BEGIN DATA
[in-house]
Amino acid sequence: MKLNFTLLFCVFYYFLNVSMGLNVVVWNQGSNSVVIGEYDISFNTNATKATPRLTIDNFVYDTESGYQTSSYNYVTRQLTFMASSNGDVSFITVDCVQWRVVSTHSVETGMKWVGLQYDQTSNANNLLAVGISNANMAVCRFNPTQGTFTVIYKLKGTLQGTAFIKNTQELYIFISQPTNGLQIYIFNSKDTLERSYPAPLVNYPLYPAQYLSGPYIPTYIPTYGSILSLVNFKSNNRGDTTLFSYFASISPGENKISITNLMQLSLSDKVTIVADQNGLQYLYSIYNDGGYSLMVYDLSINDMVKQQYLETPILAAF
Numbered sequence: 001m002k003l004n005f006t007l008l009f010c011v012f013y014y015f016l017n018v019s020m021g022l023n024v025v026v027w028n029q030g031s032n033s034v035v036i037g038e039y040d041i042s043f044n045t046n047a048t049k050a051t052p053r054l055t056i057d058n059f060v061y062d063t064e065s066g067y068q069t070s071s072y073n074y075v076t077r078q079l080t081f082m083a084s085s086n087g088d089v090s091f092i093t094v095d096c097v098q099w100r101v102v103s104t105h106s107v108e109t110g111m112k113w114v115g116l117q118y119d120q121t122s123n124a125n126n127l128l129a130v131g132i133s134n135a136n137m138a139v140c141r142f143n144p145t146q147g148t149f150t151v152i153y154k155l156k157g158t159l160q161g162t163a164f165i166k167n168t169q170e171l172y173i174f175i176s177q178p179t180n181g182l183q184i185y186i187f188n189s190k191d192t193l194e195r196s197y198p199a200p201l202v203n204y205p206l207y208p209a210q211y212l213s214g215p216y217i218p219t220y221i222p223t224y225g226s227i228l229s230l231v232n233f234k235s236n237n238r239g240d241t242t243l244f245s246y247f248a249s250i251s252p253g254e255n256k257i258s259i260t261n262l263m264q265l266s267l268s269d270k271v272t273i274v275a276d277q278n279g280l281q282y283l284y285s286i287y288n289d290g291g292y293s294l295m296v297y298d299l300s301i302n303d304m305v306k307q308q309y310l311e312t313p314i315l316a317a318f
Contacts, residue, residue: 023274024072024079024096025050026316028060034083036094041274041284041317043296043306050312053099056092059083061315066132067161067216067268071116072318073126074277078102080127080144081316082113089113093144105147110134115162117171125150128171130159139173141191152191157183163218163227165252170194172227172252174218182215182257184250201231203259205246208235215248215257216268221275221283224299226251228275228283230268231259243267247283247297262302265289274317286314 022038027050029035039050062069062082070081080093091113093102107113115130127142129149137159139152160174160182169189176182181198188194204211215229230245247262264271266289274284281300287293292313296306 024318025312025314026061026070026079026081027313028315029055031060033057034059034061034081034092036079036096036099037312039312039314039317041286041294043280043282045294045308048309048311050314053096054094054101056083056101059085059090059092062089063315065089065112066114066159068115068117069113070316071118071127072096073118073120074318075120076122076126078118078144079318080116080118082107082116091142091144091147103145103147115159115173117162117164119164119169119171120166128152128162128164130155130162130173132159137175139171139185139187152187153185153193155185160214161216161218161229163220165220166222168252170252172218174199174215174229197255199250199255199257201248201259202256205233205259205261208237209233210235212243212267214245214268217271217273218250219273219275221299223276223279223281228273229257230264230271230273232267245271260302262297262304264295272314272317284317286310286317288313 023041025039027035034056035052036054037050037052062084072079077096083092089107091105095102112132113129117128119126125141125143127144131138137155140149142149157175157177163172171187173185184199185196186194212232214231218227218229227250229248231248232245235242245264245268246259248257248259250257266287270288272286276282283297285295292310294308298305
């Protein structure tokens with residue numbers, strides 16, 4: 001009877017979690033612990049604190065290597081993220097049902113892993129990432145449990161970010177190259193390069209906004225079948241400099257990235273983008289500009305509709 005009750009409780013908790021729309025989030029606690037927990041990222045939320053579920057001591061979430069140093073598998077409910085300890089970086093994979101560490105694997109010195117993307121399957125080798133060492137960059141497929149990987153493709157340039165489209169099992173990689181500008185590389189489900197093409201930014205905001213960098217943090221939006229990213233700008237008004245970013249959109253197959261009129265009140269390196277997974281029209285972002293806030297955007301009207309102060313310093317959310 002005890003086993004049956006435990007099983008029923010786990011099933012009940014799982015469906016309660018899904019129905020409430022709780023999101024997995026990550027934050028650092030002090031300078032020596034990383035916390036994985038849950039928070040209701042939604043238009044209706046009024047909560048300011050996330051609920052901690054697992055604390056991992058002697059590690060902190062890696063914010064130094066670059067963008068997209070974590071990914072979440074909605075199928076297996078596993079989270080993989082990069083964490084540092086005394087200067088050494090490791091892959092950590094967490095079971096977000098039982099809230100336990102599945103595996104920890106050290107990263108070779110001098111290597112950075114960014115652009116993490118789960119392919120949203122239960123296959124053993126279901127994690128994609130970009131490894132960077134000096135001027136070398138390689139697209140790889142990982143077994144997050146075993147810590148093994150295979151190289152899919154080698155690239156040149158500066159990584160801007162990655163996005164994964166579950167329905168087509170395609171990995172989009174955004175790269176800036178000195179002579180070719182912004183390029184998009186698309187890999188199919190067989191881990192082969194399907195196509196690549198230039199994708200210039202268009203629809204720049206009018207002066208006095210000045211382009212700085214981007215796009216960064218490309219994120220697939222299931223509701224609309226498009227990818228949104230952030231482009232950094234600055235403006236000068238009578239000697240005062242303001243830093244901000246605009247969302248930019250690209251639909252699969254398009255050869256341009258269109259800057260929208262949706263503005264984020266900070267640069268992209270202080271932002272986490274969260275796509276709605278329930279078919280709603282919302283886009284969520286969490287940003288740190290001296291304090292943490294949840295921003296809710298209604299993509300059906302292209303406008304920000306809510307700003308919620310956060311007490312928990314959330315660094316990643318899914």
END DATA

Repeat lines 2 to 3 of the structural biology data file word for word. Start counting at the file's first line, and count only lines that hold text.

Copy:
Amino acid sequence: MKLNFTLLFCVFYYFLNVSMGLNVVVWNQGSNSVVIGEYDISFNTNATKATPRLTIDNFVYDTESGYQTSSYNYVTRQLTFMASSNGDVSFITVDCVQWRVVSTHSVETGMKWVGLQYDQTSNANNLLAVGISNANMAVCRFNPTQGTFTVIYKLKGTLQGTAFIKNTQELYIFISQPTNGLQIYIFNSKDTLERSYPAPLVNYPLYPAQYLSGPYIPTYIPTYGSILSLVNFKSNNRGDTTLFSYFASISPGENKISITNLMQLSLSDKVTIVADQNGLQYLYSIYNDGGYSLMVYDLSINDMVKQQYLETPILAAF
Numbered sequence: 001m002k003l004n005f006t007l008l009f010c011v012f013y014y015f016l017n018v019s020m021g022l023n024v025v026v027w028n029q030g031s032n033s034v035v036i037g038e039y040d041i042s043f044n045t046n047a048t049k050a051t052p053r054l055t056i057d058n059f060v061y062d063t064e065s066g067y068q069t070s071s072y073n074y075v076t077r078q079l080t081f082m083a084s085s086n087g088d089v090s091f092i093t094v095d096c097v098q099w100r101v102v103s104t105h106s107v108e109t110g111m112k113w114v115g116l117q118y119d120q121t122s123n124a125n126n127l128l129a130v131g132i133s134n135a136n137m138a139v140c141r142f143n144p145t146q147g148t149f150t151v152i153y154k155l156k157g158t159l160q161g162t163a164f165i166k167n168t169q170e171l172y173i174f175i176s177q178p179t180n181g182l183q184i185y186i187f188n189s190k191d192t193l194e195r196s197y198p199a200p201l202v203n204y205p206l207y208p209a210q211y212l213s214g215p216y217i218p219t220y221i222p223t224y225g226s227i228l229s230l231v232n233f234k235s236n237n238r239g240d241t242t243l244f245s246y247f248a249s250i251s252p253g254e255n256k257i258s259i260t261n262l263m264q265l266s267l268s269d270k271v272t273i274v275a276d277q278n279g280l281q282y283l284y285s286i287y288n289d290g291g292y293s294l295m296v297y298d299l300s301i302n303d304m305v306k307q308q309y310l311e312t313p314i315l316a317a318f